One of the benefits of sporting a roadmap of wrinkles, carting around a bone bag of stiff joints, and having a fond memory of a thick head of hair, is knowing that along the way I may have grown a brain—and a more empathetic brain at that. And while the physical features and physiologies of youth are nice, I’ve come to believe it’s the awareness of the soul, the kindness, the selfless deed, and generous nature that will in the end keep me (keep us) young. My body may go south, but the heart and head can still hasten me forward (as long as I remember where I put my truck keys and how to shift the gears).
This past year has been especially illuminating and also challenging. I’m aging, my siblings are aging, my mom is aging. And though life goes on, the gentle and not-so-gentle reminders of mortality become more prescient each year.
This year my mother sustained a fall, and through sheer pluck and hard work, she has made remarkable strides toward her recovery and well-being. It has not been easy. But we have to laugh, for when we tell her she’s amazing, she grows quiet and moves onto the next subject as if never hearing a word we’ve said. While my mom is not one to talk about herself nor does she wish to be fussed over, I am especially grateful for two things: her spirit and the devotion of her friends and neighbors.
I live a coast away, and knowing that an angel brigade helps my mom is a comforting balm for the soul. I’ve been to see her and have another trip planned, but because my siblings and I can’t be there all the time, the people who are there readily in her daily life are the true unsung heroes of my heart. They say it’s nothing and that they’re happy to do it, but I’m here to tell you it’s very much something.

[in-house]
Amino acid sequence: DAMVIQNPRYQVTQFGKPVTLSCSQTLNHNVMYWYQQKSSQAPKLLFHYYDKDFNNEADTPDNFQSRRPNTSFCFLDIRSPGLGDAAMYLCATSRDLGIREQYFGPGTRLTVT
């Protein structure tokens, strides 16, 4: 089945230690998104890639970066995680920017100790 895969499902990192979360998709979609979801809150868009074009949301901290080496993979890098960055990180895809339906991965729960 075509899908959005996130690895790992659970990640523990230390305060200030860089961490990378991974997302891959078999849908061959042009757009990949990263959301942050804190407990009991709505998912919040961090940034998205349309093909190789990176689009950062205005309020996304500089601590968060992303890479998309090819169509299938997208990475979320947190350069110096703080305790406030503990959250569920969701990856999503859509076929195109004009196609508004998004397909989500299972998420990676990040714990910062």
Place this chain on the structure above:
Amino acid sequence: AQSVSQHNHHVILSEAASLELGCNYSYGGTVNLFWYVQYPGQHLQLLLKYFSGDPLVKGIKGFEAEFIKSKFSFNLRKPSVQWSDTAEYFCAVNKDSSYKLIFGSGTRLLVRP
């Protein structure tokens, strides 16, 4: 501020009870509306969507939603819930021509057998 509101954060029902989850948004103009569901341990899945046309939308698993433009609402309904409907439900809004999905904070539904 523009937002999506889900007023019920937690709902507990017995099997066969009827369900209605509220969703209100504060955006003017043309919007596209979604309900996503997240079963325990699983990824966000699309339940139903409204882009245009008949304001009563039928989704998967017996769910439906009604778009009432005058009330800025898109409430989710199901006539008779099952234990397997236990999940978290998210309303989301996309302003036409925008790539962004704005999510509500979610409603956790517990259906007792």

I’d like to thank (and give a big written-word hug to) the everyday heroes who help, who check in, who show up when a friend is in need, especially when lack of mobility or access apply. The ride to the doctor’s appointment or church, the picking up of groceries, and the visitations are indeed heroic actions that elevate and comfort the treasured souls in our lives. Selfless actions may go unmentioned, but their uplifting, life-affirming impact speaks volumes. May my gratitude always be evident and forthcoming for you everyday heroes, bettering lives you likely have no idea you’re touching, and always in a meaningful, generous, profound and quiet way.
Beautifully written, Tom. It is so obvious that you are your mother’s son. Blessings to her and wishing her good health.
Thank you Susan, and what a lovely compliment.
You are a shining beacon in this rough-and-tumble world, Tom.
I hope your mom will read your words, too, and that they’ll fill her heart with comfort, serenity and the joy of having you as a son. Best wishes for the coming travel & visit with your sweetie-pie mom.
Well wishes from Ireland from such a lovely friend are a wonderful thing to read. Thank you Susan.
Thanks for reminding us of the importance of taking the time to help others in their time of need. Together we can make a difference. And yes, your mom is one amazing person – something I’ve been blessed to experience first hand (and I’m not just talking about delicious oatmeal raisin cookies)! Give her my best and let her know she’s in my thoughts and prayers. Warmest regards to you and your family…
Randy, my mom would have adopted you in a second. She asks about you regularly. I’m embarrassed to say I don’t check in with you enough. Take care my friend, and thanks for the well wishes; I’ll pass them along.
I love you
Thank you Lisa, it doesn’t get any better than that. I’m honored. Oh, but Buddy wants to know if you love him, too? 😉
I love him BIG- I’ve never spent time with a grown up bulldogge—- but I would cook breakfast to order for Buddy and love doing so—-
Buddy said you had him at “breakfast.” 😉
Beautiful words written to so many dear ones that care for your Mom. She must be a treasure and a gem. Enjoy all the family moments and love.
Thank you Kristy, means a lot to me.
I officially love you, Tom Conway.
Right back at you sister! Another reason to love John Snyder; he introduce us. Hope all is well for you in the Rose City.